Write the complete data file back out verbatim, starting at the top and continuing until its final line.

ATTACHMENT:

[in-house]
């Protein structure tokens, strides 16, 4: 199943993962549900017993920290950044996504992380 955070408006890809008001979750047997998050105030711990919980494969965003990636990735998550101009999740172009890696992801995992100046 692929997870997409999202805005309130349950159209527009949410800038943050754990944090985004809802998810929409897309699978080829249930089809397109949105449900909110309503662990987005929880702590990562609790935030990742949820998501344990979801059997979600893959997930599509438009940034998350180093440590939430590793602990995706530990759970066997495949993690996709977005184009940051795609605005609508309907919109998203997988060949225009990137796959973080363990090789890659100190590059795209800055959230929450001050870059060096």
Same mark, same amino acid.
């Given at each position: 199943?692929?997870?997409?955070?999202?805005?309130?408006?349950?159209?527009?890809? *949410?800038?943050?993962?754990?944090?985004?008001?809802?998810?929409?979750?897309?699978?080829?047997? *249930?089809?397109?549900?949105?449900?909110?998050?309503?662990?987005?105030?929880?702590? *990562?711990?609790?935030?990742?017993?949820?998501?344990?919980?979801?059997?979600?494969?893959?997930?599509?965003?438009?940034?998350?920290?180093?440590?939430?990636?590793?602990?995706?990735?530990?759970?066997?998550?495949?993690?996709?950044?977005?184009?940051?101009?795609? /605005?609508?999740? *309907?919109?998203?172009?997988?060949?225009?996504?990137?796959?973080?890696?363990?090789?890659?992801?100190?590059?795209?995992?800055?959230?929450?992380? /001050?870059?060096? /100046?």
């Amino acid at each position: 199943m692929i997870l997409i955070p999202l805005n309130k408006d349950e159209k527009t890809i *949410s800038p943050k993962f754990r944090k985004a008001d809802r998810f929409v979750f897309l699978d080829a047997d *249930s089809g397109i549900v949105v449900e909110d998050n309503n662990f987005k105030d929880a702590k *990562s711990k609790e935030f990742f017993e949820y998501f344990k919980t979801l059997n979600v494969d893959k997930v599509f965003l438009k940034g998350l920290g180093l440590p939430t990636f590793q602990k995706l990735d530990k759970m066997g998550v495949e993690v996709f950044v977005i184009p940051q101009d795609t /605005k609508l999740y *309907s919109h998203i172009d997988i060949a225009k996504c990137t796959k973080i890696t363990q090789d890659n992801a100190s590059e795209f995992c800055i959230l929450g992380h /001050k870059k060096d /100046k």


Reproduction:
[in-house]
């Protein structure tokens, strides 16, 4: 199943993962549900017993920290950044996504992380 955070408006890809008001979750047997998050105030711990919980494969965003990636990735998550101009999740172009890696992801995992100046 692929997870997409999202805005309130349950159209527009949410800038943050754990944090985004809802998810929409897309699978080829249930089809397109949105449900909110309503662990987005929880702590990562609790935030990742949820998501344990979801059997979600893959997930599509438009940034998350180093440590939430590793602990995706530990759970066997495949993690996709977005184009940051795609605005609508309907919109998203997988060949225009990137796959973080363990090789890659100190590059795209800055959230929450001050870059060096």
Same mark, same amino acid.
């Given at each position: 199943?692929?997870?997409?955070?999202?805005?309130?408006?349950?159209?527009?890809? *949410?800038?943050?993962?754990?944090?985004?008001?809802?998810?929409?979750?897309?699978?080829?047997? *249930?089809?397109?549900?949105?449900?909110?998050?309503?662990?987005?105030?929880?702590? *990562?711990?609790?935030?990742?017993?949820?998501?344990?919980?979801?059997?979600?494969?893959?997930?599509?965003?438009?940034?998350?920290?180093?440590?939430?990636?590793?602990?995706?990735?530990?759970?066997?998550?495949?993690?996709?950044?977005?184009?940051?101009?795609? /605005?609508?999740? *309907?919109?998203?172009?997988?060949?225009?996504?990137?796959?973080?890696?363990?090789?890659?992801?100190?590059?795209?995992?800055?959230?929450?992380? /001050?870059?060096? /100046?």
């Amino acid at each position: 199943m692929i997870l997409i955070p999202l805005n309130k408006d349950e159209k527009t890809i *949410s800038p943050k993962f754990r944090k985004a008001d809802r998810f929409v979750f897309l699978d080829a047997d *249930s089809g397109i549900v949105v449900e909110d998050n309503n662990f987005k105030d929880a702590k *990562s711990k609790e935030f990742f017993e949820y998501f344990k919980t979801l059997n979600v494969d893959k997930v599509f965003l438009k940034g998350l920290g180093l440590p939430t990636f590793q602990k995706l990735d530990k759970m066997g998550v495949e993690v996709f950044v977005i184009p940051q101009d795609t /605005k609508l999740y *309907s919109h998203i172009d997988i060949a225009k996504c990137t796959k973080i890696t363990q090789d890659n992801a100190s590059e795209f995992c800055i959230l929450g992380h /001050k870059k060096d /100046k």